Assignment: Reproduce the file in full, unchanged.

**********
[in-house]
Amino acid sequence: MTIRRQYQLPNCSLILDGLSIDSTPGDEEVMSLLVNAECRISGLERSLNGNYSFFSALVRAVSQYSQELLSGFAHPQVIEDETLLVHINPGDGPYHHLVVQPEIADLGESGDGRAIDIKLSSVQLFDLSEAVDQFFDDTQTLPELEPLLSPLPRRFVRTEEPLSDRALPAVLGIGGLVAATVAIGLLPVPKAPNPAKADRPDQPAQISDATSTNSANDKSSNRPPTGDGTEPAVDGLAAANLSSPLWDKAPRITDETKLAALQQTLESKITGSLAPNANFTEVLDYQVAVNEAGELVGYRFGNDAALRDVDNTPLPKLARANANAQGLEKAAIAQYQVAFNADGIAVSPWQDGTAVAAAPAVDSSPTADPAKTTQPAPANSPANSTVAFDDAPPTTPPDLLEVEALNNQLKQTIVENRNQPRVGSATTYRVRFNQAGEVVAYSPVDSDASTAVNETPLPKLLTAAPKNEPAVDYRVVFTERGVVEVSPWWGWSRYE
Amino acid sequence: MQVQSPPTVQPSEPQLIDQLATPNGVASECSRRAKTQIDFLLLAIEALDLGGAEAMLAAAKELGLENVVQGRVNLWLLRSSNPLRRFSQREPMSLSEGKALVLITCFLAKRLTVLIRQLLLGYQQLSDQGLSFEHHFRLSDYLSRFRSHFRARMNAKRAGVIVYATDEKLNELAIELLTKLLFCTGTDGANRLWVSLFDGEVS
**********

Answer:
[in-house]
Amino acid sequence: MTIRRQYQLPNCSLILDGLSIDSTPGDEEVMSLLVNAECRISGLERSLNGNYSFFSALVRAVSQYSQELLSGFAHPQVIEDETLLVHINPGDGPYHHLVVQPEIADLGESGDGRAIDIKLSSVQLFDLSEAVDQFFDDTQTLPELEPLLSPLPRRFVRTEEPLSDRALPAVLGIGGLVAATVAIGLLPVPKAPNPAKADRPDQPAQISDATSTNSANDKSSNRPPTGDGTEPAVDGLAAANLSSPLWDKAPRITDETKLAALQQTLESKITGSLAPNANFTEVLDYQVAVNEAGELVGYRFGNDAALRDVDNTPLPKLARANANAQGLEKAAIAQYQVAFNADGIAVSPWQDGTAVAAAPAVDSSPTADPAKTTQPAPANSPANSTVAFDDAPPTTPPDLLEVEALNNQLKQTIVENRNQPRVGSATTYRVRFNQAGEVVAYSPVDSDASTAVNETPLPKLLTAAPKNEPAVDYRVVFTERGVVEVSPWWGWSRYE
Amino acid sequence: MQVQSPPTVQPSEPQLIDQLATPNGVASECSRRAKTQIDFLLLAIEALDLGGAEAMLAAAKELGLENVVQGRVNLWLLRSSNPLRRFSQREPMSLSEGKALVLITCFLAKRLTVLIRQLLLGYQQLSDQGLSFEHHFRLSDYLSRFRSHFRARMNAKRAGVIVYATDEKLNELAIELLTKLLFCTGTDGANRLWVSLFDGEVS